Power Ranger

We strap a 2.5-tonne caravan to the back of a Ford Ranger and send it to the hills south of Sydney.

WORDS PHILIP LORD PHOTOS PHIL COOPER

FORD RANGER WILDTRAK & AVIDA TOPAZ VAN tow test 078

FORD’S Ranger Wildtrak is a handy on- and off-road mauler, but can it cope with two sandbags in the tray and more than 2.5-tonnes of caravan strapped to its towball? And not just any caravan, but a class-leading Avida Topaz 7052SL 50th Anniversary edition.

To find out, 4X4 Australia sent it on a 200km loop south out of Sydney on varied roads including inner-city roadblocks, two-lane highways and freeways, winding secondary roads, and plenty of steep climbs and descents.

The Ranger got down to business with its oodles of power and torque (147kW/470Nm) making relatively light work of the caravan. On the road, the Ranger is relaxed and quiet at a steady cruise, although the inline-five lets you know when it’s working hard. The six-speed transmission seems to have a big ratio gap between the crucial second and third gearchange, and it takes a while to up-shift after hillclimbs level onto flat terrain.

Using Sport mode makes the Ranger more eager to downshift, but it also holds gears for longer. Manual mode works best, especially for engine braking – the transmission has a predictive mode that downshifts when it senses it is necessary (which works well when not towing), but it doesn’t downshift enough when there’s something weighty on the towball.

The Ford has a wheelbase of 3220mm and a rear axle-totowball stretch of 1330mm to provide a good foundation for stable towing. Also encouraging is the lack of front body rise (just 10mm). Rear suspension compression is more significant (a droop of 80mm).

The Ford is only marginally affected by crosswinds, large trucks (with their destabilising bow wave of air) or yaw (sway) when changing direction or braking. Body pitching is minimal and the Ranger rides smoothly with the big box on its tail.

The Ranger’s reversing camera screen incorporates a centreline marker to help line up the towball, and it works really well. Helping ease sway anxiety is the Ranger’s standard trailer sway control, although we never needed to rely on its help.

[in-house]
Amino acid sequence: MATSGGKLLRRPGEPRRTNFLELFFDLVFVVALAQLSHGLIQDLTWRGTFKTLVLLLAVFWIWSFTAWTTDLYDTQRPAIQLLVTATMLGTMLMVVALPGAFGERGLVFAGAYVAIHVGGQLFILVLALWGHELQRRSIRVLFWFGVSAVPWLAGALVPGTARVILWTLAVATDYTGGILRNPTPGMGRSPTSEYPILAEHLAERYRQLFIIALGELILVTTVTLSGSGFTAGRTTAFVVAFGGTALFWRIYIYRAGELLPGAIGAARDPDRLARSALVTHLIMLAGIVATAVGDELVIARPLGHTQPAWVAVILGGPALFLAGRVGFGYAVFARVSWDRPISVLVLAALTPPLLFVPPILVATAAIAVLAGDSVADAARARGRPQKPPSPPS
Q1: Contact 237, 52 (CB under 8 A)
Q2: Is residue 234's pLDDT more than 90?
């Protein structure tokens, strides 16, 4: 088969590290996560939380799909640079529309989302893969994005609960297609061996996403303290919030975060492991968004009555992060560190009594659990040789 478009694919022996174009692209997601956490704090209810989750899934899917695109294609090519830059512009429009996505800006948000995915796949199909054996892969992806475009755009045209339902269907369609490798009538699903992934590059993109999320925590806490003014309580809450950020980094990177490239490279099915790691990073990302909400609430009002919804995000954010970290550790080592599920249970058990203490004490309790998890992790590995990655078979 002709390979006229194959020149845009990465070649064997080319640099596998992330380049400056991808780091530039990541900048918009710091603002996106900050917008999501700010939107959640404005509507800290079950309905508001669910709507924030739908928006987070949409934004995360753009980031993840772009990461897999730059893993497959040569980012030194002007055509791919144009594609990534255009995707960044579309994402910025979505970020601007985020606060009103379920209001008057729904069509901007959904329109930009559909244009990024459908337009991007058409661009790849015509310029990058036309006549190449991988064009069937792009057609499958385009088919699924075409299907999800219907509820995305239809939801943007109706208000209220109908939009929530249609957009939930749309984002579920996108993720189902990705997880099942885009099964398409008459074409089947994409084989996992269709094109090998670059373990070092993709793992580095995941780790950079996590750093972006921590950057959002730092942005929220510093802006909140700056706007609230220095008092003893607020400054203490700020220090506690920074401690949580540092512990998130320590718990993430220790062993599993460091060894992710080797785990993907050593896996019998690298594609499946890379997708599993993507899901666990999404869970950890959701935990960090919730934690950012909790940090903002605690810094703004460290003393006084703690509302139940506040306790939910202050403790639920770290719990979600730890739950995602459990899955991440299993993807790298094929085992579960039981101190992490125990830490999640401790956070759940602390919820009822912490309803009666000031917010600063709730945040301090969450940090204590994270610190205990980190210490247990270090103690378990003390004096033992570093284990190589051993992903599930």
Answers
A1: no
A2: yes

Making life easier for those who need to power accessories in their caravan, the Ranger comes standard with a 12-pin plug.

The Ranger’s side mirror casings have a lot of flex in them around the lip where the towing mirror brackets are secured. This meant the towing mirrors vibrated a lot, making them hard to use at speed.

Permanent-fit, truck-style towing mirrors would fix this.

TOWING WHAT?

AVIDA has been building RVs since 1965, and to celebrate its 50-year milestone, the company released its new top-of-therange Topaz 7052SL 50th Anniversary.

This is the company’s first caravan slide-out, and it’s a big one – it takes in almost the whole offside, stretching out just over four metres.

Only the bathroom misses out on the 600mm-plus widened living space.

The Avida’s composite wall, ceiling and floor panels combine to make a rigid structure, with a steel galvanised chassis (with sixinch RHS longitudinal rails and four-inch drawbar rails) underneath.

The net result of the body and chassis design is great rigidity and lightness. The 2572kg tare weight is light for a ’van of this size and specifications, especially as it’s a slide-out.

The Cruisemaster independent suspension is an asset for a caravan intended for rough-road use, as are the All-Terrain tyres.

The kitchen has plenty of room, while the dining area is the size of a small room – there’s a leather-clad offside lounge opposite a slightly wider lounge on the nearside wall. The dining table is secured to the floor in front of the nearside lounge, and there’s plenty of room to get around it to the lounge.

The bedroom is spacious with the slide-out, with ample room to walk around the end to the bed. Opposite the bed on the nearside is one of the Avida’s party tricks – at the press of a button, a flat-screen LCD TV pops out of a narrow cabinet benchtop.

The bathroom is also a good size – there’s a shower enclosure on the nearside, and in the centre sits a ceramic washbasin on a stylish, curved vanity-unit top.

A washing machine is under a sliding benchtop further along the vanity.

Underneath there are twin water tanks, as well as a greywater tank – a rare commodity in caravans and great for camping, ensuring greywater doesn’t turn the campsite into a mud bath.

The Topaz’s electrical layout is both simple and comprehensive – the master power switch is right next to the door, and there’s an LCD water and power level indicator panel.

The Topaz has Avida’s trademark attention to detail: it has a strong yet light body and chassis structure, and it has one of the longest slideouts in the business.